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Bald Face Hornet

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Bald Face Hornet

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-Known as the white faced or bald-faced hornet.

-Actually, a large wasp is widespread in 46 of the United States

-Nests are found in trees or shrubs, and sometimes on buildings. Often 12-inches or more in diameter. They become very large by the end of the summer

-Very aggressive and will attack without being provoked

-Social wasp related to Yellow Jacket and Paper wasp

-Lives in colonies similar to Honey bees and ants

-Nest construction is a paper-like material made from chewed wood fibers mixed with saliva. Has several tiers of comb and a thick, multilayered outer shell. A single opening at the bottom allows the hornets to fly in and out

-Lifecycle consists of 4 stages, egg, larva, pupa, and adult

-Are beneficial predators that feed on other insects particularly flies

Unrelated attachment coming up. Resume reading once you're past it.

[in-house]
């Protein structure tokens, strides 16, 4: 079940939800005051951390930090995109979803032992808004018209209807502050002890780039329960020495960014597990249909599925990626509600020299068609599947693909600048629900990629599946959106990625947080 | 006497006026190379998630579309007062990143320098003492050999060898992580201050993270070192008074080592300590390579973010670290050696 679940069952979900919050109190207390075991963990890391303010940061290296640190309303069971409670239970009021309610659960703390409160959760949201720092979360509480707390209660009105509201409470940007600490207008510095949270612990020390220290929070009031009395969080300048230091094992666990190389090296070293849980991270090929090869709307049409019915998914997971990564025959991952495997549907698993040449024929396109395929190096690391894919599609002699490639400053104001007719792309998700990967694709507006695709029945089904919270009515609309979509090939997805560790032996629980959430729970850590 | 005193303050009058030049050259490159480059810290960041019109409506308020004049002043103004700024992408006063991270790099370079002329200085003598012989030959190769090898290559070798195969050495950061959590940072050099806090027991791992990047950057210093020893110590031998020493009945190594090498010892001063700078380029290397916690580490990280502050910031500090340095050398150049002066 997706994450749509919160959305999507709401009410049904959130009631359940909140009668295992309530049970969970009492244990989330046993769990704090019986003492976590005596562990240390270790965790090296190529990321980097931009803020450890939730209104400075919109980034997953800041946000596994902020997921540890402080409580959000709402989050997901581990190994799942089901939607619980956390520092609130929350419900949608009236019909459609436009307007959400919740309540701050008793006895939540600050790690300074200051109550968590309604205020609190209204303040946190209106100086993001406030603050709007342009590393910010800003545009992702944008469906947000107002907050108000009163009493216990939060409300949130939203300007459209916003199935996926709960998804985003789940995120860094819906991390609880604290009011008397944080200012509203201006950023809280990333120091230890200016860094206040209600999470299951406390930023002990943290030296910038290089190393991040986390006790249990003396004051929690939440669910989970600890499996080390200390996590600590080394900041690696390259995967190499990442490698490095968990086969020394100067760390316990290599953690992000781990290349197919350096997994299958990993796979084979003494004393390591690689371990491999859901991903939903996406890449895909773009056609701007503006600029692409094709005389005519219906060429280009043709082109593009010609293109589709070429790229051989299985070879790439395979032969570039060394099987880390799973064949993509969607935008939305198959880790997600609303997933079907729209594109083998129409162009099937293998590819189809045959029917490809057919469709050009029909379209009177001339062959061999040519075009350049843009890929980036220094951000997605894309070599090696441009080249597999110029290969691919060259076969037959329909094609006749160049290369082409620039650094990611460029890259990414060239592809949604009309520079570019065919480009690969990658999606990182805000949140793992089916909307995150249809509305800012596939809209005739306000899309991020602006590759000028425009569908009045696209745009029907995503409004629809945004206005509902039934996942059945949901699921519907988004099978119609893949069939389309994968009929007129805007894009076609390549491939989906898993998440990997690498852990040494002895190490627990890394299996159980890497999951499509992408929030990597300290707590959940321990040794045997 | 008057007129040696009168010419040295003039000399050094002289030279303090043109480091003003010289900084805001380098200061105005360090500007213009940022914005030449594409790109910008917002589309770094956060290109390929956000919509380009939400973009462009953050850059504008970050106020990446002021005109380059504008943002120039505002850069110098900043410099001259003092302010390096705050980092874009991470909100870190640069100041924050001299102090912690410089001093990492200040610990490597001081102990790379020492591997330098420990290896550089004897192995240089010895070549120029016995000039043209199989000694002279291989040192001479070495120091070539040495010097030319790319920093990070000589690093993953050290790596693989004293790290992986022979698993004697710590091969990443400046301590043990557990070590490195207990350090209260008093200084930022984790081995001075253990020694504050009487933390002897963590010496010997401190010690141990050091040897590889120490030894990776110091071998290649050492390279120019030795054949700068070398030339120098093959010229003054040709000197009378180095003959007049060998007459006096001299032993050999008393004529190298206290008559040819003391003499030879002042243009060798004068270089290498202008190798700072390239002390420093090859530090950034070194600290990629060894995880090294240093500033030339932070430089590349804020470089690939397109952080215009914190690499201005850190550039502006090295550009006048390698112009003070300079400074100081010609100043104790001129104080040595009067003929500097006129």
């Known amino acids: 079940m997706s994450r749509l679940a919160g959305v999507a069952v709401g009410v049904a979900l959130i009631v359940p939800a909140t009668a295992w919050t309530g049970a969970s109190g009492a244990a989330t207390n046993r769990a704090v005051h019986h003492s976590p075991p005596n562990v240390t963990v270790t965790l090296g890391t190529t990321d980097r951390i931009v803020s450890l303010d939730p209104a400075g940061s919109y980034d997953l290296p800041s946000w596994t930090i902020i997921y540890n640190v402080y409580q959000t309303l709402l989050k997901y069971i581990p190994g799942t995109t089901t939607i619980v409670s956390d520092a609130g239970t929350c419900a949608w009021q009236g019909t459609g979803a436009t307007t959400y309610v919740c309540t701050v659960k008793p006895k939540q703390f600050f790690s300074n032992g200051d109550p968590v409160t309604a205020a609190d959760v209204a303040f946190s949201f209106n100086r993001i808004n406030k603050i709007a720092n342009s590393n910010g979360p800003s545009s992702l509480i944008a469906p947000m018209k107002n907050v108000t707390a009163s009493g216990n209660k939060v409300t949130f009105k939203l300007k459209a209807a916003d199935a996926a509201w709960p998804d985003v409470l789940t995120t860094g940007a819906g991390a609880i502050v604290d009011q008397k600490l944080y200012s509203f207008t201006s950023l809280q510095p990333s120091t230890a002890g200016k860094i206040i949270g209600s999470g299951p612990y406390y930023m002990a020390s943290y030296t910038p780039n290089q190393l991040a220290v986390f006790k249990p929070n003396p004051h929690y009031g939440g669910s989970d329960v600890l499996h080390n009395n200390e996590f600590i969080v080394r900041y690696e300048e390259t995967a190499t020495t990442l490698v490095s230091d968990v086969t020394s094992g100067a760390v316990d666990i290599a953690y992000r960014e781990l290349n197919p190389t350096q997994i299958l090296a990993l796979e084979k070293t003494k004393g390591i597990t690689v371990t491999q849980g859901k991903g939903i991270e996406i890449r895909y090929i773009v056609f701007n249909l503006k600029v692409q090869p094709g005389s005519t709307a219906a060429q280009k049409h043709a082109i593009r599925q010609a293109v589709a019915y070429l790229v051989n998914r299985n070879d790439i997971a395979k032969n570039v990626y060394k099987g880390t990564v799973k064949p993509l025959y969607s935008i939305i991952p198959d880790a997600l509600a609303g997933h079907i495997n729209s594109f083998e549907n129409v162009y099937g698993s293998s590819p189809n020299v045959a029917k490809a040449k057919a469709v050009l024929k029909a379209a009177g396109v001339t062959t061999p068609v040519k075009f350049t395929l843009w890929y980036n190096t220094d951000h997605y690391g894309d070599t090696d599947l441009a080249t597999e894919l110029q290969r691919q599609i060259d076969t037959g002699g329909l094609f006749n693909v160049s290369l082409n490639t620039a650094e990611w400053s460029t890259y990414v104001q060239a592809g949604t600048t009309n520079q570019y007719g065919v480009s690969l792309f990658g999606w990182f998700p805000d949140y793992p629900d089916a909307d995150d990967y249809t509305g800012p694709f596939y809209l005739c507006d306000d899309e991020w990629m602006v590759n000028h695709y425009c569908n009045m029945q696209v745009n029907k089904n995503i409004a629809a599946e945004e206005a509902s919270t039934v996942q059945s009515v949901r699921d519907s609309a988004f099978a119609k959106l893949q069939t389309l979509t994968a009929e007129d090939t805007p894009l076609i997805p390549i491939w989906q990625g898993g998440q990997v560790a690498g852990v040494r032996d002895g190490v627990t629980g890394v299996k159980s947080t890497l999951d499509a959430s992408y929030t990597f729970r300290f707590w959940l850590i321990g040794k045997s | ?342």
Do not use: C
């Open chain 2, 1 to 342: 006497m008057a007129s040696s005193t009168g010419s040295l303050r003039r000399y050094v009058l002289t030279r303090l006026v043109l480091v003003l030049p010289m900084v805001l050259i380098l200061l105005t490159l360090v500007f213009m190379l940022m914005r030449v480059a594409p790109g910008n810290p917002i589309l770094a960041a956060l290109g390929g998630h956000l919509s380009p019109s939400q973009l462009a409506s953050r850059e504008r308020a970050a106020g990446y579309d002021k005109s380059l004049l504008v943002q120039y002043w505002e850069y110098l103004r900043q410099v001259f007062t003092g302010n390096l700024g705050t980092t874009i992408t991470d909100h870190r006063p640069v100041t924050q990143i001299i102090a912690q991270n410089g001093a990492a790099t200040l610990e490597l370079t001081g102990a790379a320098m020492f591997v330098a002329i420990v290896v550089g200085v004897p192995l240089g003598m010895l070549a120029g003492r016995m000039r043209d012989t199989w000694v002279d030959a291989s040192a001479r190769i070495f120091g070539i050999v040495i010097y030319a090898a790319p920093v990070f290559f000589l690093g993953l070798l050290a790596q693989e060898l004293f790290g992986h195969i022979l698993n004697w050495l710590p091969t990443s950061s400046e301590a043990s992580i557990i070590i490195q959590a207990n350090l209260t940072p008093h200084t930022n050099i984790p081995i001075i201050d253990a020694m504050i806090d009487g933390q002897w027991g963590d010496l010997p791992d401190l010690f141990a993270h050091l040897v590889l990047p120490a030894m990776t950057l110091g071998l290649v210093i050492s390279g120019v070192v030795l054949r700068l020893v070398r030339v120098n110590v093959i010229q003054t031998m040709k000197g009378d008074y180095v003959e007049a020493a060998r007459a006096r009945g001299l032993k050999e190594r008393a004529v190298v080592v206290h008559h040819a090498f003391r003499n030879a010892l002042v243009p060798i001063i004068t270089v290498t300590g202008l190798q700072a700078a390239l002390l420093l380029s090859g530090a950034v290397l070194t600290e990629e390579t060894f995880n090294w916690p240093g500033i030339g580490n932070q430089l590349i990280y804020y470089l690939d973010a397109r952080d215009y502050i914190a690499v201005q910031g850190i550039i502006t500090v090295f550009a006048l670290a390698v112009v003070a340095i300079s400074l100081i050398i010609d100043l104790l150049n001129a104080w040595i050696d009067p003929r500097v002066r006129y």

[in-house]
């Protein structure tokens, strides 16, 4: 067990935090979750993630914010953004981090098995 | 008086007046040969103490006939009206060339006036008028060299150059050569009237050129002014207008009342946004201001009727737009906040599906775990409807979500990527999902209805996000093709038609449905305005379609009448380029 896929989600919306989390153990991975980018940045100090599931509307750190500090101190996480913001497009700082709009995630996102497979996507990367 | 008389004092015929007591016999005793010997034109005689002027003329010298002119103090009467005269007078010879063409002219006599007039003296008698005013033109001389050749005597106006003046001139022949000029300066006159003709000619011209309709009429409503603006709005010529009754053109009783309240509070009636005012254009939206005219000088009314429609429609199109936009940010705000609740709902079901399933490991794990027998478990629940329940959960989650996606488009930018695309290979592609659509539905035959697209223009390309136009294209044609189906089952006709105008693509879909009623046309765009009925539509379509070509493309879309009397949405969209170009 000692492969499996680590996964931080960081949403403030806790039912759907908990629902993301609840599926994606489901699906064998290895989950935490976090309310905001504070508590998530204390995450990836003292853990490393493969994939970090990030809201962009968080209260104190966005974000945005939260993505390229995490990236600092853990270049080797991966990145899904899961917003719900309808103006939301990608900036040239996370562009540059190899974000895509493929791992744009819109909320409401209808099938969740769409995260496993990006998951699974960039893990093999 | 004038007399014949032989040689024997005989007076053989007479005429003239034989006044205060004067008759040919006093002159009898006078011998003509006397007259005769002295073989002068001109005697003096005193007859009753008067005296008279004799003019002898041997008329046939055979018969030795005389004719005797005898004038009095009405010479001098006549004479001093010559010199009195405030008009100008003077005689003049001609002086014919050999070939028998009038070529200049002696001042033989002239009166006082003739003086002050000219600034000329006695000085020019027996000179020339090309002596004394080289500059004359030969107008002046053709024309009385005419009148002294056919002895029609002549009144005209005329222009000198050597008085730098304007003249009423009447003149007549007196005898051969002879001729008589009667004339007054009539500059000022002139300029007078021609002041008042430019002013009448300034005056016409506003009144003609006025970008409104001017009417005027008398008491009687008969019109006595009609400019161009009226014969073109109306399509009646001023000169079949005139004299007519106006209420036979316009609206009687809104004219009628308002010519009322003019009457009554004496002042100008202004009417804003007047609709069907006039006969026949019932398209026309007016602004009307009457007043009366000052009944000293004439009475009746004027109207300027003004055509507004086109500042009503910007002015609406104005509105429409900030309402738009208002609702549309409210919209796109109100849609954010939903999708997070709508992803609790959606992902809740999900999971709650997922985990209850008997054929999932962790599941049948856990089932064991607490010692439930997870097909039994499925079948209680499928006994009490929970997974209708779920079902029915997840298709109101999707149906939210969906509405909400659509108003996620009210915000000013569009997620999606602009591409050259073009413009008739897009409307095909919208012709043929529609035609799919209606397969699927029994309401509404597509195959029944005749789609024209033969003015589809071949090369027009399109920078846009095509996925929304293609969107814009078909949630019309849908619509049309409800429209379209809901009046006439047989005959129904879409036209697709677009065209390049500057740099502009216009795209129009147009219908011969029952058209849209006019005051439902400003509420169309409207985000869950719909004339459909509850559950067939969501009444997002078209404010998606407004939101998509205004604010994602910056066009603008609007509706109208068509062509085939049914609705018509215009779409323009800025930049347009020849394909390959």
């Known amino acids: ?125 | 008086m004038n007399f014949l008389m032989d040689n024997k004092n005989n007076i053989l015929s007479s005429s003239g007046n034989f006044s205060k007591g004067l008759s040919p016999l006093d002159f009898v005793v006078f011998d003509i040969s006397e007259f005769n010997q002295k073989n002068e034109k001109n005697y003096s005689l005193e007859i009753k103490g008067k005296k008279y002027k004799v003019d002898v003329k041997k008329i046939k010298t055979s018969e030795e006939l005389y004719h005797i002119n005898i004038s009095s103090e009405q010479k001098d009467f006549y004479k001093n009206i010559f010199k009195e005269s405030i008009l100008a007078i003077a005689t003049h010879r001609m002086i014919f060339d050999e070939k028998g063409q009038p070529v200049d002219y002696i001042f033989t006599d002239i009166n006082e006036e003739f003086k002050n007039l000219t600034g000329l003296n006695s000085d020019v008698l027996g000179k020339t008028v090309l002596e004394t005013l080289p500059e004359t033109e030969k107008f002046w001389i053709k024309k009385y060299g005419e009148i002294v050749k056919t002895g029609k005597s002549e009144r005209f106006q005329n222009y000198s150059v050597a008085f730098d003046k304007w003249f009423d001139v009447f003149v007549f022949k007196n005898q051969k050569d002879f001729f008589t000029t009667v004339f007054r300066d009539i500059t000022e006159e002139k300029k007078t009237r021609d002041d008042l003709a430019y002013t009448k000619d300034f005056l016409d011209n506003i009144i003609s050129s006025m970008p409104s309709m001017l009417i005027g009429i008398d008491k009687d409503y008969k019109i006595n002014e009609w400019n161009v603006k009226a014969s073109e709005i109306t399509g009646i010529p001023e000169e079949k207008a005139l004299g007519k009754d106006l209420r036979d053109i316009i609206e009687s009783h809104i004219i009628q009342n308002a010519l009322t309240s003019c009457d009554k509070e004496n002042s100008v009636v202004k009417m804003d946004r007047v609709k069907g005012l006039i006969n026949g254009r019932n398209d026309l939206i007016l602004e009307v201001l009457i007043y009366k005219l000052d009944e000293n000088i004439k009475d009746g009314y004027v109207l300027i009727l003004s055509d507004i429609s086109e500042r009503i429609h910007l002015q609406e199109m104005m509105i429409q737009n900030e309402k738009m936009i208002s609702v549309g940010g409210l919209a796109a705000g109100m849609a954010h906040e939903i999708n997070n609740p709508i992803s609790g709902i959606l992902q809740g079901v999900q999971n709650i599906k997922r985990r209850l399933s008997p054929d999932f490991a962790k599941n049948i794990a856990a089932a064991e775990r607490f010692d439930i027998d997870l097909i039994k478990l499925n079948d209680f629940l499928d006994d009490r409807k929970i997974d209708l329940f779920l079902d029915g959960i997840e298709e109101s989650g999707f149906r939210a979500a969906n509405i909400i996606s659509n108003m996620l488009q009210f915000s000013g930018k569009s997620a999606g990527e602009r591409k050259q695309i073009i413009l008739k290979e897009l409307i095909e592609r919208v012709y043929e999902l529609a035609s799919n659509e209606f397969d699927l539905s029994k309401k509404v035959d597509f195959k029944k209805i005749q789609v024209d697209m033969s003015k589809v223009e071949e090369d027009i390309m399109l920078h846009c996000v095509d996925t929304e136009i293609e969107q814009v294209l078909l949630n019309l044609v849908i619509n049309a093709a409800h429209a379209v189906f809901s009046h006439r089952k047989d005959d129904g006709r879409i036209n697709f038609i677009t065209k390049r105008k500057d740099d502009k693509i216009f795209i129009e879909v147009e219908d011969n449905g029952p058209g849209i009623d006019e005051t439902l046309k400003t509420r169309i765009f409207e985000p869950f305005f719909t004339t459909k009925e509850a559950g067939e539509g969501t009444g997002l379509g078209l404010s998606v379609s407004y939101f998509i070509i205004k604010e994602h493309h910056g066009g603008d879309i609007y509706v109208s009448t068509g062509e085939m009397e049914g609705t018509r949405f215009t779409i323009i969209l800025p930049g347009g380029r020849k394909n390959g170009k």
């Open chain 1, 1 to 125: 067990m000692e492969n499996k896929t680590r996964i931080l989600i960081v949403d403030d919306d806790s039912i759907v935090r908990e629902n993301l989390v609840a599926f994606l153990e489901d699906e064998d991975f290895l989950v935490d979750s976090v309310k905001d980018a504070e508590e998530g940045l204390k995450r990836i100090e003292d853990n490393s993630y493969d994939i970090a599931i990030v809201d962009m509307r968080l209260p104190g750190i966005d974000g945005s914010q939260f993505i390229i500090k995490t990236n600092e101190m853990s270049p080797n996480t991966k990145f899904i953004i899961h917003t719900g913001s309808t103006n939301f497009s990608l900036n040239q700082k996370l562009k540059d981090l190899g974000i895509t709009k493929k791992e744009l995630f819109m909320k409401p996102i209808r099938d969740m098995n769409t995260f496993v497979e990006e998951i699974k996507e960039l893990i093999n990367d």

-Colony lives for one season (1-year). Each nest is built from scratch each year and the previous nest cannot be reused

-At first, colony growth is slow but increases rapidly by the end of the summer when successive broods of workers emerge. Peak population of workers can run 800 to 1000 by the end of the summer

-Queens are the only member to survive the winter. In early spring, she chooses a new location and begins to raise sterile daughter offspring. The workers take over the duty of next clean-up, food foraging and caring for offspring while the queen’s primary function is to produce more eggs

-In fall, the males and new queens (that are produced by the mother queen of that past year's nest) mate and the fertile queens hibernate until the next spring. The old queen, workers, and males die due to old age or freezing temperatures. A mother queen may produce 40 to 50 or more daughter queens. Each new queen will, if she survives the winter, create a new nest in the spring